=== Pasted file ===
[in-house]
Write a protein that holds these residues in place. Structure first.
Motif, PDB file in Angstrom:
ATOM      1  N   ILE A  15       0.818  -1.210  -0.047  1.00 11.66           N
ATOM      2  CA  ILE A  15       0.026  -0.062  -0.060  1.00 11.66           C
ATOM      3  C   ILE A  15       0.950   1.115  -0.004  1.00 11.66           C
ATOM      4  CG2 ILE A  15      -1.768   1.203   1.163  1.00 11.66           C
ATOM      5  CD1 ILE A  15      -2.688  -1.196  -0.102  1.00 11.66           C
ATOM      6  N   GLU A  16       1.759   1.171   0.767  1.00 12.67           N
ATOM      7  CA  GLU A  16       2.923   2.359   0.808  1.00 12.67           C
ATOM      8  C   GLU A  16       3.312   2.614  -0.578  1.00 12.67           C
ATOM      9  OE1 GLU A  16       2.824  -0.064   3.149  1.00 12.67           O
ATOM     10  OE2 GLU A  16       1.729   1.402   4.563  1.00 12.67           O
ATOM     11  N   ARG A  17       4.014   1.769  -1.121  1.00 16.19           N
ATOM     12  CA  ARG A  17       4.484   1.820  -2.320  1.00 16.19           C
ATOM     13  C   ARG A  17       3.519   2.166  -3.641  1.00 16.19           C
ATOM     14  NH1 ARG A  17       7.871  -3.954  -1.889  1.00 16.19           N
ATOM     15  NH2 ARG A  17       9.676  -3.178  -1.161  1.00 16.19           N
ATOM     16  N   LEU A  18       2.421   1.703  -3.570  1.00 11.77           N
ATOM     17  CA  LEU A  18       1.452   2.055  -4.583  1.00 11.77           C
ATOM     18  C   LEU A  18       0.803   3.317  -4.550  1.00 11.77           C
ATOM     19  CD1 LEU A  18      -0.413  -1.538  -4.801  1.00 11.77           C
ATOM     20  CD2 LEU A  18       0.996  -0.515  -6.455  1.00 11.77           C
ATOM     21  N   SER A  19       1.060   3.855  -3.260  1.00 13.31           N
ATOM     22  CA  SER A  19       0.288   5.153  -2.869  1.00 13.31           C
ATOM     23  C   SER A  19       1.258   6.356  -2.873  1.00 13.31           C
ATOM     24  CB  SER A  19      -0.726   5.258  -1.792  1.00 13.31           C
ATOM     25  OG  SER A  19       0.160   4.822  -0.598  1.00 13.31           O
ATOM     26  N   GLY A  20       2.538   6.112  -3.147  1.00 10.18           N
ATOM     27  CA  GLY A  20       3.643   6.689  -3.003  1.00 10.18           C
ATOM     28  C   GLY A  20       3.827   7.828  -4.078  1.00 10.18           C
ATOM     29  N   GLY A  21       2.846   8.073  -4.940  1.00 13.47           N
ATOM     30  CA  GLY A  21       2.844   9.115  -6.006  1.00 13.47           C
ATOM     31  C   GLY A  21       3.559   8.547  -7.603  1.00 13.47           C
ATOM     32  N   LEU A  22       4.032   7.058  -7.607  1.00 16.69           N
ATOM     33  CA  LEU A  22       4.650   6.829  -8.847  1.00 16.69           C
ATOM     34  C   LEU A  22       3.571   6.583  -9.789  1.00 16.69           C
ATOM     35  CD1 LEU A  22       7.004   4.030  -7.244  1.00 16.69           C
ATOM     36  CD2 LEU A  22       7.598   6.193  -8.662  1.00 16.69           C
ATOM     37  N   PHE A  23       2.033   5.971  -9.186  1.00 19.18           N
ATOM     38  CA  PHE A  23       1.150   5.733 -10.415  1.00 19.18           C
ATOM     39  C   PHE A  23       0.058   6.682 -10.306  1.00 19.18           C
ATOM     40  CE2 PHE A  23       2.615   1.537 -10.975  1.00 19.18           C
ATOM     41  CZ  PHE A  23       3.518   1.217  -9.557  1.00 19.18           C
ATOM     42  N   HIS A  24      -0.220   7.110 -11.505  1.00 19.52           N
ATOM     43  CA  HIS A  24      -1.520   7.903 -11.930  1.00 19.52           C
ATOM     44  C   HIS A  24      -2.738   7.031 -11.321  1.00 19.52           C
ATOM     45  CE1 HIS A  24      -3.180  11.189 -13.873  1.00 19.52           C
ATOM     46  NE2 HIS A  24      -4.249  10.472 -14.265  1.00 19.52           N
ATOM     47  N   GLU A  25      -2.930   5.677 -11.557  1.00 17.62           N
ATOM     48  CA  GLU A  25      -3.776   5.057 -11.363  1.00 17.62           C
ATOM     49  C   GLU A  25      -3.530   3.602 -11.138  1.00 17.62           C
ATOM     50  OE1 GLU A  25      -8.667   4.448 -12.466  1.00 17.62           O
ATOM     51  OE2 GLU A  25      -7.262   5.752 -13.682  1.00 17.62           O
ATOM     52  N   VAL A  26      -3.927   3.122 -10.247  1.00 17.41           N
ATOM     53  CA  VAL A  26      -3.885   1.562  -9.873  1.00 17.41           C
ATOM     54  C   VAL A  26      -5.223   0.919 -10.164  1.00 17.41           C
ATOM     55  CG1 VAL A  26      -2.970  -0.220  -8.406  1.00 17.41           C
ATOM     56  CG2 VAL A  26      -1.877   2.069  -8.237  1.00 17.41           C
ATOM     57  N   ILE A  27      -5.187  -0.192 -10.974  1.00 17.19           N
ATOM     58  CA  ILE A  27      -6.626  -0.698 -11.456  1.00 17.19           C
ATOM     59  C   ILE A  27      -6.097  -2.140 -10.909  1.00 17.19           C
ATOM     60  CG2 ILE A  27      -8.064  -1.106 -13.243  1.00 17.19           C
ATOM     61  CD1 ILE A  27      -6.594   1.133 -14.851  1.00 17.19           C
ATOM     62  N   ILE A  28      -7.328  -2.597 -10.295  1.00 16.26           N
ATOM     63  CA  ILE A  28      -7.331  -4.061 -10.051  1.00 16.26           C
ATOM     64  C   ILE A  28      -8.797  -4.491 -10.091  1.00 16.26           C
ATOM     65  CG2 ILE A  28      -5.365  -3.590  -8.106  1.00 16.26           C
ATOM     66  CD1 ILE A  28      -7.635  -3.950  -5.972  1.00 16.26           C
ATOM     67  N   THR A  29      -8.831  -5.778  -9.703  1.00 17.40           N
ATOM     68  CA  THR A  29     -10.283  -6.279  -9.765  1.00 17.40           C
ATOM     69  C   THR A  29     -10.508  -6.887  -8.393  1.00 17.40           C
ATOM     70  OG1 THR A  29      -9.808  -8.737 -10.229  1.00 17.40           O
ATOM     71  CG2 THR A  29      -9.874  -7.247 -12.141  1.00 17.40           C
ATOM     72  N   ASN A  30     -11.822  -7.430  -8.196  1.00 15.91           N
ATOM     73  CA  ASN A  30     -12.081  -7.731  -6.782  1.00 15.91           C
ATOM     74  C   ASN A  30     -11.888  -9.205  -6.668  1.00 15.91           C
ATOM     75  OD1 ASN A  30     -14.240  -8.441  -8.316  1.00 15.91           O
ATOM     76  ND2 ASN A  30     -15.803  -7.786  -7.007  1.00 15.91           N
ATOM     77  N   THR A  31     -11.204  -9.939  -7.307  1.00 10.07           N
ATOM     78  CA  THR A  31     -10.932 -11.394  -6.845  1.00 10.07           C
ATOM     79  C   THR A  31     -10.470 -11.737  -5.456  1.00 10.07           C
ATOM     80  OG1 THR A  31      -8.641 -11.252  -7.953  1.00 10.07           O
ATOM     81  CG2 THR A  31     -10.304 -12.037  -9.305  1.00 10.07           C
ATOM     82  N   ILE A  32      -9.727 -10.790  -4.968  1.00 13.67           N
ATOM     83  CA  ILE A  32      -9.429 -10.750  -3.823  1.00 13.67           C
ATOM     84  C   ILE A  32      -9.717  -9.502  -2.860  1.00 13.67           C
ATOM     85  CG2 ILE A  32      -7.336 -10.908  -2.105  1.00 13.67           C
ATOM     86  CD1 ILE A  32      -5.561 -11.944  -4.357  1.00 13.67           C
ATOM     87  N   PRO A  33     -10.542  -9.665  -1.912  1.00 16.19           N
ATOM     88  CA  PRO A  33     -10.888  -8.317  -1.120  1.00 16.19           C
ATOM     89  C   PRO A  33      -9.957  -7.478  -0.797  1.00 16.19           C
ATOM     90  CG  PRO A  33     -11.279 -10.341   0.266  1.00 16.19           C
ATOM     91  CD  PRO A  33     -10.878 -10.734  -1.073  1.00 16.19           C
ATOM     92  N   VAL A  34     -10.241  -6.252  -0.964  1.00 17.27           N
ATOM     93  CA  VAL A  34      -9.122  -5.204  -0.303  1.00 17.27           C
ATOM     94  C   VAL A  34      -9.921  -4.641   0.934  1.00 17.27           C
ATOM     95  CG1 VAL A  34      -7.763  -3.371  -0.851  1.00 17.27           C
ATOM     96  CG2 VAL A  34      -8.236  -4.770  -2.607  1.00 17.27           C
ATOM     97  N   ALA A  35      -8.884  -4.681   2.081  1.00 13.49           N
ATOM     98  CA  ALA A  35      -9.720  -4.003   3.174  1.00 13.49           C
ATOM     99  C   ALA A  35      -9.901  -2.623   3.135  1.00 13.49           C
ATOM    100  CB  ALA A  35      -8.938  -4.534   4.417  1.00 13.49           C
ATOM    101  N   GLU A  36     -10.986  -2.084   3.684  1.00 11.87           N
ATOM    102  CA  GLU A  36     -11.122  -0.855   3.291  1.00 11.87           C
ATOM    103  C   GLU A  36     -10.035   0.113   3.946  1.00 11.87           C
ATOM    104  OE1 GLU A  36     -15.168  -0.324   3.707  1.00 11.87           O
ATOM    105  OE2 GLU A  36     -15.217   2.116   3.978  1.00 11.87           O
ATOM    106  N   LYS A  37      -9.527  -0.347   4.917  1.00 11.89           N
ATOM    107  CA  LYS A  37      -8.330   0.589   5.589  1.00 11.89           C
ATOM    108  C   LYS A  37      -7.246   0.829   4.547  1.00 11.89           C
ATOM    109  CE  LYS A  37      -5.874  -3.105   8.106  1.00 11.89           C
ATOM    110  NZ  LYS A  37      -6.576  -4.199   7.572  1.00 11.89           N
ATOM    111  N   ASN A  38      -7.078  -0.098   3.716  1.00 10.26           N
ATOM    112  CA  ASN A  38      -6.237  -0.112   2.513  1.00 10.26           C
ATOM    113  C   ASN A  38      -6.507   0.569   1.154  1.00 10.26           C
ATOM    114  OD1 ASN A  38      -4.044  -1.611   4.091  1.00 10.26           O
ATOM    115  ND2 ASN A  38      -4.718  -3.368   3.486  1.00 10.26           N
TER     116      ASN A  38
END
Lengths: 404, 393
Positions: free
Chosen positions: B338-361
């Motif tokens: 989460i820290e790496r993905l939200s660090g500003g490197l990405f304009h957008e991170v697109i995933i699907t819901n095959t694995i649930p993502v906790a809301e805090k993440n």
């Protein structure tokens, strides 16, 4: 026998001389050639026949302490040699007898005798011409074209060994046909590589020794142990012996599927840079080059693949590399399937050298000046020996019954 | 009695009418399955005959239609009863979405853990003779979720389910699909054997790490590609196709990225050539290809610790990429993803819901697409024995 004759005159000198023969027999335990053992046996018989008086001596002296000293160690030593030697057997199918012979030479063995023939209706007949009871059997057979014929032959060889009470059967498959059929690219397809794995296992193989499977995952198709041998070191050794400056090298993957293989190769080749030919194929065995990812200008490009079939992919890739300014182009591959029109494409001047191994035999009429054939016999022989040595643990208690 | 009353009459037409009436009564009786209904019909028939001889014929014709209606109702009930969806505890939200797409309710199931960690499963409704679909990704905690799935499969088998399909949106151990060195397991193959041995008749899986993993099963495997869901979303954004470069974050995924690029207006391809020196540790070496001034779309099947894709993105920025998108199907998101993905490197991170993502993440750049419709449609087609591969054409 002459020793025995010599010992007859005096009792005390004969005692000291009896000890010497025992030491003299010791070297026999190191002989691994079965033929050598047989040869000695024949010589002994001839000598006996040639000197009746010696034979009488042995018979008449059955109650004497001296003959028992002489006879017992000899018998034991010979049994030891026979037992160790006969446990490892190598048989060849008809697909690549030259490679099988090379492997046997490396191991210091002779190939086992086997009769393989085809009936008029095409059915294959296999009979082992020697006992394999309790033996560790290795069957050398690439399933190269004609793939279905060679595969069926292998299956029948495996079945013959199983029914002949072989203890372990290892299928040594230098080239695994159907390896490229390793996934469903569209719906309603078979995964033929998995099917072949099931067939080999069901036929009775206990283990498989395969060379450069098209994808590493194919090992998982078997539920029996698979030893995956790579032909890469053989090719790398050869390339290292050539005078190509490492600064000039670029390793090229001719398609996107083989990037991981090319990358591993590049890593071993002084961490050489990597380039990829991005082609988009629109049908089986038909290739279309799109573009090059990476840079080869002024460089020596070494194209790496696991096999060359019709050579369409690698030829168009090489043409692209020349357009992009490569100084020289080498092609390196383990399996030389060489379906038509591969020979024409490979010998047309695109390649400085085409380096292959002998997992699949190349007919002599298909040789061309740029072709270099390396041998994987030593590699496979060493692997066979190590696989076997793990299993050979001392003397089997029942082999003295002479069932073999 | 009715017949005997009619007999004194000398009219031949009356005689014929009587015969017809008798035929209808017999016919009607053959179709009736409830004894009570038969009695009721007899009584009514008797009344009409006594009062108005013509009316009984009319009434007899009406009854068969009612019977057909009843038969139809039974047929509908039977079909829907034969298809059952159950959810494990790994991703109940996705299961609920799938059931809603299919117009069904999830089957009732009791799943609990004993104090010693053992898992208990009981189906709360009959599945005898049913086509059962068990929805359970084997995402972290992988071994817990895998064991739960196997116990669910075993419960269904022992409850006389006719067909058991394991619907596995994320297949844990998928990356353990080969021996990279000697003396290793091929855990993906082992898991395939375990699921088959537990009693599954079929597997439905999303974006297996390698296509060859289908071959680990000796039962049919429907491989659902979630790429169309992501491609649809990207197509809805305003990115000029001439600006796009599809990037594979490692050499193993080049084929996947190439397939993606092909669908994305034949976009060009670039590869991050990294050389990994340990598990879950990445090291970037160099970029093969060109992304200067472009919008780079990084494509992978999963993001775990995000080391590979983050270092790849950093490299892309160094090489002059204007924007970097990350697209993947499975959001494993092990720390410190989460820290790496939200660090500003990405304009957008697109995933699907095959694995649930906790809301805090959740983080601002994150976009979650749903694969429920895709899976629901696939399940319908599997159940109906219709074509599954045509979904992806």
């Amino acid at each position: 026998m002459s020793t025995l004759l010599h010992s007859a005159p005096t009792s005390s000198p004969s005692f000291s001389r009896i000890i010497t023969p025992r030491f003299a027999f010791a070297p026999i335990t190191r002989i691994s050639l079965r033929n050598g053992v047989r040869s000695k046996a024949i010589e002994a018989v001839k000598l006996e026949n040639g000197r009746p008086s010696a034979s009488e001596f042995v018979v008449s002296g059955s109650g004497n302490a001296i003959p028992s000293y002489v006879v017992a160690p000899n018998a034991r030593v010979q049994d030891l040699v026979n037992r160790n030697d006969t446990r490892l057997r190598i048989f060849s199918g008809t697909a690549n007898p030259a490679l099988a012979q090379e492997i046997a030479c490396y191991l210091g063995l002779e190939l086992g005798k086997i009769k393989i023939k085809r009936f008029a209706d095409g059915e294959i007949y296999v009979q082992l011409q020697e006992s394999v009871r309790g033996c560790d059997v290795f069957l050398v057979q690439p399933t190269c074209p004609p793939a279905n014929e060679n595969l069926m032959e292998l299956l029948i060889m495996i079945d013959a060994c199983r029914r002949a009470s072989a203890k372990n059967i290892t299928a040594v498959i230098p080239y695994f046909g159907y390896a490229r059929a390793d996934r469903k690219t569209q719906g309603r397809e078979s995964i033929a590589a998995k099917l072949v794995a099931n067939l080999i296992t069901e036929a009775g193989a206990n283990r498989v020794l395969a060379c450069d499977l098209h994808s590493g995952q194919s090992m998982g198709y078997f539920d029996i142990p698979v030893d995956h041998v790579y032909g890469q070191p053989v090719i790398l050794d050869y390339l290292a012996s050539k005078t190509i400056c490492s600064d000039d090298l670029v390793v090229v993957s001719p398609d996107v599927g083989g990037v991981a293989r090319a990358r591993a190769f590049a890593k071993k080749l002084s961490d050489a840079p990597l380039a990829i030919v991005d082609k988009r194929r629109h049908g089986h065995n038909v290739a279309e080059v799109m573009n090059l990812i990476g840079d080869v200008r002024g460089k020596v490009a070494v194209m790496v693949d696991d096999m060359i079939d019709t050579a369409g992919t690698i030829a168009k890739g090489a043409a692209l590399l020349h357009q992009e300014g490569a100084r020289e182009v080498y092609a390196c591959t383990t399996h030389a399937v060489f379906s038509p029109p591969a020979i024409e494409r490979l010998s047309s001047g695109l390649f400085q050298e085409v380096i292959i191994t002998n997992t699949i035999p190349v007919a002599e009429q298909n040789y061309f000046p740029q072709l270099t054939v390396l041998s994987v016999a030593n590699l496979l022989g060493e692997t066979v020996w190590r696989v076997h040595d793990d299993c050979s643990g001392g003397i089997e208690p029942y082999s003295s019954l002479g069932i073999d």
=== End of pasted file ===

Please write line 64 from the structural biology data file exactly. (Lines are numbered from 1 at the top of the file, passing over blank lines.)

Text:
ATOM     61  CD1 ILE A  27      -6.594   1.133 -14.851  1.00 17.19           C